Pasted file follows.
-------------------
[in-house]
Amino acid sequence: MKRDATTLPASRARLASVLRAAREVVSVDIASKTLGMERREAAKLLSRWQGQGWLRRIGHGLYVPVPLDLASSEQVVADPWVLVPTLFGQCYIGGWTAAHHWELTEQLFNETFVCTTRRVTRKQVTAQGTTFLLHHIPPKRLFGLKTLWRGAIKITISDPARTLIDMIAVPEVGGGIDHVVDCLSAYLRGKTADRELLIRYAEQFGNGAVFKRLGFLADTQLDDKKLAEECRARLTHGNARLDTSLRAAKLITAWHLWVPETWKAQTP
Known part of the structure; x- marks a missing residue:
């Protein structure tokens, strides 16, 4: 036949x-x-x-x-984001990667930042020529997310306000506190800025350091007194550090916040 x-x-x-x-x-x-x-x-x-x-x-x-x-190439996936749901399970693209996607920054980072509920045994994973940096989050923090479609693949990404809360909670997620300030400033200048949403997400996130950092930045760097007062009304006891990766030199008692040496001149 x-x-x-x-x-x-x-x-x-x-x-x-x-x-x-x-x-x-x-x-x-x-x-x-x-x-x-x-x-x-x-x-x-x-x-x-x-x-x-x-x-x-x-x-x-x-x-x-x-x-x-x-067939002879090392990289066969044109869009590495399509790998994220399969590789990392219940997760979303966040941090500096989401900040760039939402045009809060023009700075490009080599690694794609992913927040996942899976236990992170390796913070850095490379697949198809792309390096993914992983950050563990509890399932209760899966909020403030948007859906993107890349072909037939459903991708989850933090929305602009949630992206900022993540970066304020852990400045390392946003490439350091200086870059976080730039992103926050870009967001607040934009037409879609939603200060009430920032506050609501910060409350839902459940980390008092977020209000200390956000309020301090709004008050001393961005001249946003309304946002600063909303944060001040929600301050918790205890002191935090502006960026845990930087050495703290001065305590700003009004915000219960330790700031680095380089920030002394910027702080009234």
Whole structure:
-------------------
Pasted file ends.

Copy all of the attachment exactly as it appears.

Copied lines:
[in-house]
Amino acid sequence: MKRDATTLPASRARLASVLRAAREVVSVDIASKTLGMERREAAKLLSRWQGQGWLRRIGHGLYVPVPLDLASSEQVVADPWVLVPTLFGQCYIGGWTAAHHWELTEQLFNETFVCTTRRVTRKQVTAQGTTFLLHHIPPKRLFGLKTLWRGAIKITISDPARTLIDMIAVPEVGGGIDHVVDCLSAYLRGKTADRELLIRYAEQFGNGAVFKRLGFLADTQLDDKKLAEECRARLTHGNARLDTSLRAAKLITAWHLWVPETWKAQTP
Known part of the structure; x- marks a missing residue:
């Protein structure tokens, strides 16, 4: 036949x-x-x-x-984001990667930042020529997310306000506190800025350091007194550090916040 x-x-x-x-x-x-x-x-x-x-x-x-x-190439996936749901399970693209996607920054980072509920045994994973940096989050923090479609693949990404809360909670997620300030400033200048949403997400996130950092930045760097007062009304006891990766030199008692040496001149 x-x-x-x-x-x-x-x-x-x-x-x-x-x-x-x-x-x-x-x-x-x-x-x-x-x-x-x-x-x-x-x-x-x-x-x-x-x-x-x-x-x-x-x-x-x-x-x-x-x-x-x-067939002879090392990289066969044109869009590495399509790998994220399969590789990392219940997760979303966040941090500096989401900040760039939402045009809060023009700075490009080599690694794609992913927040996942899976236990992170390796913070850095490379697949198809792309390096993914992983950050563990509890399932209760899966909020403030948007859906993107890349072909037939459903991708989850933090929305602009949630992206900022993540970066304020852990400045390392946003490439350091200086870059976080730039992103926050870009967001607040934009037409879609939603200060009430920032506050609501910060409350839902459940980390008092977020209000200390956000309020301090709004008050001393961005001249946003309304946002600063909303944060001040929600301050918790205890002191935090502006960026845990930087050495703290001065305590700003009004915000219960330790700031680095380089920030002394910027702080009234």
Whole structure: